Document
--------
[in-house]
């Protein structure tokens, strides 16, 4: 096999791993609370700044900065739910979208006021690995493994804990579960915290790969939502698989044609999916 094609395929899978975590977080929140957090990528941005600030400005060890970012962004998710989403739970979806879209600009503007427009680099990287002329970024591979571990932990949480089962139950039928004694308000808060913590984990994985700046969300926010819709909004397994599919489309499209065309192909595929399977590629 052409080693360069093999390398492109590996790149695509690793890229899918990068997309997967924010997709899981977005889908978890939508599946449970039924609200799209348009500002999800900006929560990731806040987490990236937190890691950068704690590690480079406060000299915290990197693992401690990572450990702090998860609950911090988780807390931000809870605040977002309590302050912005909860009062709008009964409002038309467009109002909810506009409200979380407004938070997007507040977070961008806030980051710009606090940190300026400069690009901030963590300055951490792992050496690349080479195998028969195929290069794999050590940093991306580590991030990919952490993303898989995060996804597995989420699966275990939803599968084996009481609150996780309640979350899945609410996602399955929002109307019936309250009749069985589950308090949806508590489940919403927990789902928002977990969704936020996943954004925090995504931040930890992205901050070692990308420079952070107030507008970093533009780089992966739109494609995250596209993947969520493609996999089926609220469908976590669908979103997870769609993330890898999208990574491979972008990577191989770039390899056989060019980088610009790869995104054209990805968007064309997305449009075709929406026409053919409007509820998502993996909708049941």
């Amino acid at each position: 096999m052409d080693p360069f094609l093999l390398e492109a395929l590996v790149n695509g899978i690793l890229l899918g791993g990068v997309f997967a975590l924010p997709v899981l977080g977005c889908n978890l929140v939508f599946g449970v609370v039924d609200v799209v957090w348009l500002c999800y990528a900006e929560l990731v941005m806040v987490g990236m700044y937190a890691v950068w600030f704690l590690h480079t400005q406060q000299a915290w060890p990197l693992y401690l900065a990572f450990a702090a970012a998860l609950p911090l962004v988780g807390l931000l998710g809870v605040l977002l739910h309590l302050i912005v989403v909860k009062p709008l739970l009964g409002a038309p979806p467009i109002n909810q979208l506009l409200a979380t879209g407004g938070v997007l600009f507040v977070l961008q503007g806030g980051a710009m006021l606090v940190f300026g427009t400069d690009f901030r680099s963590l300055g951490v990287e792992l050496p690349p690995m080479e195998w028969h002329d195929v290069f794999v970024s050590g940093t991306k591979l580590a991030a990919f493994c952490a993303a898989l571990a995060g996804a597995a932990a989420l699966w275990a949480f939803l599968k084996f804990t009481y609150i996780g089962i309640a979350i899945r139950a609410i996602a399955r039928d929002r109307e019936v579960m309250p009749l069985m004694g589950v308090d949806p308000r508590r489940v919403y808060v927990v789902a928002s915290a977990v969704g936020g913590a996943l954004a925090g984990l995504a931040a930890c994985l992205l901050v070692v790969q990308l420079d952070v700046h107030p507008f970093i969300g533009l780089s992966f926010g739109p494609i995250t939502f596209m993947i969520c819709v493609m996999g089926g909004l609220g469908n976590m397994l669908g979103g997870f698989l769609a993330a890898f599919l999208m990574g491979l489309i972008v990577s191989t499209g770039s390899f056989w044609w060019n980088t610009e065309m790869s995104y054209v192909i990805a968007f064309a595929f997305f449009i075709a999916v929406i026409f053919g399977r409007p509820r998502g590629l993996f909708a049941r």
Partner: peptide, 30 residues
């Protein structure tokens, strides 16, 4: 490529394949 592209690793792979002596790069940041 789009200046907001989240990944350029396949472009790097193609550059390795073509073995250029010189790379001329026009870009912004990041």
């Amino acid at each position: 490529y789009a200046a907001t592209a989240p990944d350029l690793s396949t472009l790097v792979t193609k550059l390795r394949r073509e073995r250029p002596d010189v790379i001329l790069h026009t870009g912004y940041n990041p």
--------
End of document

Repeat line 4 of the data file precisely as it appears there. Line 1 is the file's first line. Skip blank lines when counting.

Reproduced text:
Partner: peptide, 30 residues